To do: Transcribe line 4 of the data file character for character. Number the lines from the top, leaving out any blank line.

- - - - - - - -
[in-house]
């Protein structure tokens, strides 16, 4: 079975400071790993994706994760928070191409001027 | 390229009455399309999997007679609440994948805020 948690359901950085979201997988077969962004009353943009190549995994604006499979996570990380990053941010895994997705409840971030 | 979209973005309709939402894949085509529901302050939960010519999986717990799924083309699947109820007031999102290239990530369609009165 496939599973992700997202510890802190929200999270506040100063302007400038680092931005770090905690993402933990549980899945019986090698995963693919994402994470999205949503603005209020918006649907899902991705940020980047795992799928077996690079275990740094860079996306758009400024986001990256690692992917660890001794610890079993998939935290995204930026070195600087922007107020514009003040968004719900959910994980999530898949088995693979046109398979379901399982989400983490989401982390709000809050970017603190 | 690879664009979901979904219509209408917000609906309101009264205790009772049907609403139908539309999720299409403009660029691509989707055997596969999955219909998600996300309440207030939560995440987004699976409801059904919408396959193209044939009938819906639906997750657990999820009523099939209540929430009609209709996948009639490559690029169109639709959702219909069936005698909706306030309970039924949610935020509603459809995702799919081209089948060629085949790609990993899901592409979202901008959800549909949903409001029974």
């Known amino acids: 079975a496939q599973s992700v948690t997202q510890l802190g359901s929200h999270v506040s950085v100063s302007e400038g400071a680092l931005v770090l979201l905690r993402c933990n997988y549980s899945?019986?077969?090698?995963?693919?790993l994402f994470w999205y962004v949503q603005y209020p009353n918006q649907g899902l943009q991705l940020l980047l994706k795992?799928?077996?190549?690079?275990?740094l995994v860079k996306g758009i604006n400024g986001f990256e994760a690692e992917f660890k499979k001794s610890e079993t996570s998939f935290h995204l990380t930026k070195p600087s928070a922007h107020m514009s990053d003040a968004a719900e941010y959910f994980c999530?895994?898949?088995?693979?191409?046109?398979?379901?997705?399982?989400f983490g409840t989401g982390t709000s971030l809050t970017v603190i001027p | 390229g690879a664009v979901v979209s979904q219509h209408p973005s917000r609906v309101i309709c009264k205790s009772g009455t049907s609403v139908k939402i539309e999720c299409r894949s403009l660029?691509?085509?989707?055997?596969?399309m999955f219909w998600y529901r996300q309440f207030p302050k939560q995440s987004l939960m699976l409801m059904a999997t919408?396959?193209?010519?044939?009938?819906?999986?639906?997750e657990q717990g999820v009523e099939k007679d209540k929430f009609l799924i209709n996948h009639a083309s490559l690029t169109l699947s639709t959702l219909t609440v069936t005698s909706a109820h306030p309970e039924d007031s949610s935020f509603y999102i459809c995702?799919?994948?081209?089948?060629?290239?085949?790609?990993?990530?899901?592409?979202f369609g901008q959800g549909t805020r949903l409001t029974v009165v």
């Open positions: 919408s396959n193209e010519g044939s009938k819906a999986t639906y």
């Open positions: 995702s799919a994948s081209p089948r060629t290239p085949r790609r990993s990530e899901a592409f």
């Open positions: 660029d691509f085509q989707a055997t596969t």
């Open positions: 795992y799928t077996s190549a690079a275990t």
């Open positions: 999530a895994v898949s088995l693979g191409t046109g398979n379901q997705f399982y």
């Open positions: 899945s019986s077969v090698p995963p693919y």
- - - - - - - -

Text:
């Open positions: 919408s396959n193209e010519g044939s009938k819906a999986t639906y």